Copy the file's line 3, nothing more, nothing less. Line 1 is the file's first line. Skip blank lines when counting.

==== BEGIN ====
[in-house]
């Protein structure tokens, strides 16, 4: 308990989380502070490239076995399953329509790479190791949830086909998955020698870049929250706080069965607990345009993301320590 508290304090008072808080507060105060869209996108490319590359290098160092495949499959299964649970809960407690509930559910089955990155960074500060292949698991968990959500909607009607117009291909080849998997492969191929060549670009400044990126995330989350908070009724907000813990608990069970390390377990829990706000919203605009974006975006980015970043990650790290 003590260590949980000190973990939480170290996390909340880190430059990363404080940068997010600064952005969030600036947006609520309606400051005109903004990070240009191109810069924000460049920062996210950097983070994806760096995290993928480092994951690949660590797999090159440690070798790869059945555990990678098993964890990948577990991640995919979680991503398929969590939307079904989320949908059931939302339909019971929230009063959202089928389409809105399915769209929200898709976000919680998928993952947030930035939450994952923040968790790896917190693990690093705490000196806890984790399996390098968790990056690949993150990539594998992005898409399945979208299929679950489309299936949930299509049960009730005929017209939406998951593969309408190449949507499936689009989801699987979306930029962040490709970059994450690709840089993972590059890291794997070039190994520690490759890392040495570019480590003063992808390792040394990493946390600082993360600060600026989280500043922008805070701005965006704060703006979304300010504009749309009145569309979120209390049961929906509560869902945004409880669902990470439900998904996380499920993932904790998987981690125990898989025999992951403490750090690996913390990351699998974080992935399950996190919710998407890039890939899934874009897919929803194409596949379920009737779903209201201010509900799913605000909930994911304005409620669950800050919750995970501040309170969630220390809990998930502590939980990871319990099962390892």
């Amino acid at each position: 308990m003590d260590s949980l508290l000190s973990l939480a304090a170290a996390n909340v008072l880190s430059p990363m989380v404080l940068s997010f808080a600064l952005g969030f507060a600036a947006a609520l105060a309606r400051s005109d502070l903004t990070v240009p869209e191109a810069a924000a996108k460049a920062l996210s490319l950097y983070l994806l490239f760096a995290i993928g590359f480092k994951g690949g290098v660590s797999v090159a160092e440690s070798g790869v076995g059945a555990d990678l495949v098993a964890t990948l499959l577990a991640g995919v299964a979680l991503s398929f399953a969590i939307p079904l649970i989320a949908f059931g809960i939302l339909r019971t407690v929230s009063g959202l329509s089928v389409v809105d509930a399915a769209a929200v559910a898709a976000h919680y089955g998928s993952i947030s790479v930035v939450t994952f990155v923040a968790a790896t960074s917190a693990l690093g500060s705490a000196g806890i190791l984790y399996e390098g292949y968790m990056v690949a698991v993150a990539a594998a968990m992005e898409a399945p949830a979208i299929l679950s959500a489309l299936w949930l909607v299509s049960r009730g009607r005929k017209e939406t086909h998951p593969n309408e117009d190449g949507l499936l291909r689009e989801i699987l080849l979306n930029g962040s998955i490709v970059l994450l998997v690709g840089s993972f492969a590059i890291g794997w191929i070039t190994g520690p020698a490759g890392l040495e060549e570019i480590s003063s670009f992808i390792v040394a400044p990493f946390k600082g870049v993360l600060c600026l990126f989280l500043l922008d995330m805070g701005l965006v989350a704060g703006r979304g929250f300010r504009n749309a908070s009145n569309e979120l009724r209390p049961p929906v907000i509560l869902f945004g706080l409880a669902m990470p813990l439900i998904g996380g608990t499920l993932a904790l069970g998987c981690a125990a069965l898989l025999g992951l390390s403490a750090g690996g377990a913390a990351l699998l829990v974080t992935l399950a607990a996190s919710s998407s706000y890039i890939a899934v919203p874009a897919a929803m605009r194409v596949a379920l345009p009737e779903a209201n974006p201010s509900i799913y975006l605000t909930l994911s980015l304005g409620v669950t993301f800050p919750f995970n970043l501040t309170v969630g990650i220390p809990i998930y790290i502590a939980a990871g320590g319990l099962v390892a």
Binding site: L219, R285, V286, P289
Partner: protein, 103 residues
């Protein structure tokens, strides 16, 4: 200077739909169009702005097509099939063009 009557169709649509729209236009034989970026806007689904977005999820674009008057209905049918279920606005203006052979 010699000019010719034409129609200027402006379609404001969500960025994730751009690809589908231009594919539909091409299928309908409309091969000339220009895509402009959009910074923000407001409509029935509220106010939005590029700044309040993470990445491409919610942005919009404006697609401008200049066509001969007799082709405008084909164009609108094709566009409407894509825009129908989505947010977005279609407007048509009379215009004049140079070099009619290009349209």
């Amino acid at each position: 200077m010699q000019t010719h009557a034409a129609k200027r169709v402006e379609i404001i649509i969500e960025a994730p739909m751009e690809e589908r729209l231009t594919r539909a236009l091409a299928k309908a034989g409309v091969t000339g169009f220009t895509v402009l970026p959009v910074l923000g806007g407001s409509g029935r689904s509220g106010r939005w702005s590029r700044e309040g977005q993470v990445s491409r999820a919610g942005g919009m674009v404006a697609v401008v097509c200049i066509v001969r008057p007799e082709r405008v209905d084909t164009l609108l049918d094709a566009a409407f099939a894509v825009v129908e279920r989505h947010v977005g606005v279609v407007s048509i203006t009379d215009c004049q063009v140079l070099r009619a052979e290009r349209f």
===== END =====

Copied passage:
């Amino acid at each position: 308990m003590d260590s949980l508290l000190s973990l939480a304090a170290a996390n909340v008072l880190s430059p990363m989380v404080l940068s997010f808080a600064l952005g969030f507060a600036a947006a609520l105060a309606r400051s005109d502070l903004t990070v240009p869209e191109a810069a924000a996108k460049a920062l996210s490319l950097y983070l994806l490239f760096a995290i993928g590359f480092k994951g690949g290098v660590s797999v090159a160092e440690s070798g790869v076995g059945a555990d990678l495949v098993a964890t990948l499959l577990a991640g995919v299964a979680l991503s398929f399953a969590i939307p079904l649970i989320a949908f059931g809960i939302l339909r019971t407690v929230s009063g959202l329509s089928v389409v809105d509930a399915a769209a929200v559910a898709a976000h919680y089955g998928s993952i947030s790479v930035v939450t994952f990155v923040a968790a790896t960074s917190a693990l690093g500060s705490a000196g806890i190791l984790y399996e390098g292949y968790m990056v690949a698991v993150a990539a594998a968990m992005e898409a399945p949830a979208i299929l679950s959500a489309l299936w949930l909607v299509s049960r009730g009607r005929k017209e939406t086909h998951p593969n309408e117009d190449g949507l499936l291909r689009e989801i699987l080849l979306n930029g962040s998955i490709v970059l994450l998997v690709g840089s993972f492969a590059i890291g794997w191929i070039t190994g520690p020698a490759g890392l040495e060549e570019i480590s003063s670009f992808i390792v040394a400044p990493f946390k600082g870049v993360l600060c600026l990126f989280l500043l922008d995330m805070g701005l965006v989350a704060g703006r979304g929250f300010r504009n749309a908070s009145n569309e979120l009724r209390p049961p929906v907000i509560l869902f945004g706080l409880a669902m990470p813990l439900i998904g996380g608990t499920l993932a904790l069970g998987c981690a125990a069965l898989l025999g992951l390390s403490a750090g690996g377990a913390a990351l699998l829990v974080t992935l399950a607990a996190s919710s998407s706000y890039i890939a899934v919203p874009a897919a929803m605009r194409v596949a379920l345009p009737e779903a209201n974006p201010s509900i799913y975006l605000t909930l994911s980015l304005g409620v669950t993301f800050p919750f995970n970043l501040t309170v969630g990650i220390p809990i998930y790290i502590a939980a990871g320590g319990l099962v390892a």